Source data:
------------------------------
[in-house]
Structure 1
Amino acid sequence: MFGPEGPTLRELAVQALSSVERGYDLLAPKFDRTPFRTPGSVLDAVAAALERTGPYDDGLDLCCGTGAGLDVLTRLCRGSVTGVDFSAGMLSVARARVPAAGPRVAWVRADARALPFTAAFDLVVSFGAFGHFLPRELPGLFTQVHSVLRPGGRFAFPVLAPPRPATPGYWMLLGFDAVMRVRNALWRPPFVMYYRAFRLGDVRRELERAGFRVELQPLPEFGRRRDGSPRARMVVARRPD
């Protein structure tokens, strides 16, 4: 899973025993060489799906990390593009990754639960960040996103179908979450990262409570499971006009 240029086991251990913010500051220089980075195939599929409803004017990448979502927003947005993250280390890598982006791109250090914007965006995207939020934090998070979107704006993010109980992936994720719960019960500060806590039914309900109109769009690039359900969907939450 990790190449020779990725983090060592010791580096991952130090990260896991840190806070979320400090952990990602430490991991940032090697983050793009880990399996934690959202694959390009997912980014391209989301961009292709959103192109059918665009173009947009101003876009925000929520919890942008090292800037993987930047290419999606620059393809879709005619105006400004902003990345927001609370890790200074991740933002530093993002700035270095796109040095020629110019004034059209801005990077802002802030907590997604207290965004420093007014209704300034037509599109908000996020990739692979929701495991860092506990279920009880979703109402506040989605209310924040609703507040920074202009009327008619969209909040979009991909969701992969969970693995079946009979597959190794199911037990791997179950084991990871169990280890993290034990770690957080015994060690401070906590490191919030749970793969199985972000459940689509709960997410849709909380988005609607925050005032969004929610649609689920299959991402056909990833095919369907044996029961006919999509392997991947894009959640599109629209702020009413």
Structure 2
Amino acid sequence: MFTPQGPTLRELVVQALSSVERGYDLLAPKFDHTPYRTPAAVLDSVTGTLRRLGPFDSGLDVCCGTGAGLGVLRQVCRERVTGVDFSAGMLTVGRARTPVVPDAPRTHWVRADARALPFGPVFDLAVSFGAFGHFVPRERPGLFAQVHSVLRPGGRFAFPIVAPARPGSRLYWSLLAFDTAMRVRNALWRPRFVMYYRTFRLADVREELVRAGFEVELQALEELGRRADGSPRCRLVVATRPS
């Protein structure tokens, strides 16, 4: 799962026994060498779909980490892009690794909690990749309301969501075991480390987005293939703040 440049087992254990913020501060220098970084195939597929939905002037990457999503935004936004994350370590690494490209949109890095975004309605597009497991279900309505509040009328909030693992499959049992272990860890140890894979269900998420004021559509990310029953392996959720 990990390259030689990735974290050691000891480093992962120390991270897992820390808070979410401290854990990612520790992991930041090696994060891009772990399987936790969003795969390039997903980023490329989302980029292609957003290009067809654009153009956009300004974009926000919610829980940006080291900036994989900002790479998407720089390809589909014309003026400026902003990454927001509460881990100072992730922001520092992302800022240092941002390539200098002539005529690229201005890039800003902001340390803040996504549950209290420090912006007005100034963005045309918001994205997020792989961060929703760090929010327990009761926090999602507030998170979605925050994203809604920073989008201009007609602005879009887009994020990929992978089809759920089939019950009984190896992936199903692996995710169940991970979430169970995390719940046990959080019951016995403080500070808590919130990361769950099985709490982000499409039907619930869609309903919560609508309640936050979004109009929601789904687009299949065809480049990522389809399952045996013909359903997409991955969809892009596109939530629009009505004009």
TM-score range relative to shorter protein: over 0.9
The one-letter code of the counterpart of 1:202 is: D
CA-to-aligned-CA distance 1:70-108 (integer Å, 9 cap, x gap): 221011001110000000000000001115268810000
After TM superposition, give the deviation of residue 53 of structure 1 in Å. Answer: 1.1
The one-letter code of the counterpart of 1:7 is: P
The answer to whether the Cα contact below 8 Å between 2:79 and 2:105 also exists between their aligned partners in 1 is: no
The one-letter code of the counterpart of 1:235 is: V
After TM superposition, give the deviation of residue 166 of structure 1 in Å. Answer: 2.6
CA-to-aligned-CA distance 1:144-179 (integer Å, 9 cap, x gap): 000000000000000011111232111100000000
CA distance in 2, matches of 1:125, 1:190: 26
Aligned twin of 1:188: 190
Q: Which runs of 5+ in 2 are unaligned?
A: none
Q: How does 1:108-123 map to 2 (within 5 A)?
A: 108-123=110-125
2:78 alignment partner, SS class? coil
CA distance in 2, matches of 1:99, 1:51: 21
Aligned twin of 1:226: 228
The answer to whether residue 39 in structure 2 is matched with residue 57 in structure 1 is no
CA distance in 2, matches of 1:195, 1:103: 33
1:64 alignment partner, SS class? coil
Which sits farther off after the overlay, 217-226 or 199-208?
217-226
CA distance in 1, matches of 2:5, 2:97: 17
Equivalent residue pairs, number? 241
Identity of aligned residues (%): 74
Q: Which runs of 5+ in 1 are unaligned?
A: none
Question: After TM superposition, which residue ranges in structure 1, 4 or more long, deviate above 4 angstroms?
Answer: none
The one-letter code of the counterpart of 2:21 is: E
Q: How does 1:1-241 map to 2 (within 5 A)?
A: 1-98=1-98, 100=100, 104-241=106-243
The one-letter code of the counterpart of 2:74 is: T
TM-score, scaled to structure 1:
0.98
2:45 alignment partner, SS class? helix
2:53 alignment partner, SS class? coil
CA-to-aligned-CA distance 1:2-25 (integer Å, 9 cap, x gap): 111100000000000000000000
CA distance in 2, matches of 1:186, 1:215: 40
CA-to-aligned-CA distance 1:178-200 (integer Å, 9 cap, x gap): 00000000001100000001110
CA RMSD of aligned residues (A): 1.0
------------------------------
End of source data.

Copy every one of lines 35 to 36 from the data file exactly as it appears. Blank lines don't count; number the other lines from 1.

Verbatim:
A: none
Question: After TM superposition, which residue ranges in structure 1, 4 or more long, deviate above 4 angstroms?